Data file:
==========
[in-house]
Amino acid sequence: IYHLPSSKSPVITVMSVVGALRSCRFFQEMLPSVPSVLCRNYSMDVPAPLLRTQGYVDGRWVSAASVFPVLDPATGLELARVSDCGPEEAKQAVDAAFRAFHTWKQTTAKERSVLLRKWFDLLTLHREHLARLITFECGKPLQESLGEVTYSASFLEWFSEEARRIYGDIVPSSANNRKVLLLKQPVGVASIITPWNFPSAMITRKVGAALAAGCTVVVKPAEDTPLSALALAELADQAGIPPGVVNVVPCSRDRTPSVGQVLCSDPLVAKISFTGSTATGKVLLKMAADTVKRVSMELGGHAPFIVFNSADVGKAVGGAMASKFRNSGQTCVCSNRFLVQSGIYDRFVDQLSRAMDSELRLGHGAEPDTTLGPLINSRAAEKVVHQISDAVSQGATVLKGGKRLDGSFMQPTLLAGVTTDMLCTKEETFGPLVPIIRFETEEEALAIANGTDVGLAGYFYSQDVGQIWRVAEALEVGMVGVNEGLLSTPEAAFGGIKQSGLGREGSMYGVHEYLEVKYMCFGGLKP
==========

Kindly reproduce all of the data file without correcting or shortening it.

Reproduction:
[in-house]
Amino acid sequence: IYHLPSSKSPVITVMSVVGALRSCRFFQEMLPSVPSVLCRNYSMDVPAPLLRTQGYVDGRWVSAASVFPVLDPATGLELARVSDCGPEEAKQAVDAAFRAFHTWKQTTAKERSVLLRKWFDLLTLHREHLARLITFECGKPLQESLGEVTYSASFLEWFSEEARRIYGDIVPSSANNRKVLLLKQPVGVASIITPWNFPSAMITRKVGAALAAGCTVVVKPAEDTPLSALALAELADQAGIPPGVVNVVPCSRDRTPSVGQVLCSDPLVAKISFTGSTATGKVLLKMAADTVKRVSMELGGHAPFIVFNSADVGKAVGGAMASKFRNSGQTCVCSNRFLVQSGIYDRFVDQLSRAMDSELRLGHGAEPDTTLGPLINSRAAEKVVHQISDAVSQGATVLKGGKRLDGSFMQPTLLAGVTTDMLCTKEETFGPLVPIIRFETEEEALAIANGTDVGLAGYFYSQDVGQIWRVAEALEVGMVGVNEGLLSTPEAAFGGIKQSGLGREGSMYGVHEYLEVKYMCFGGLKP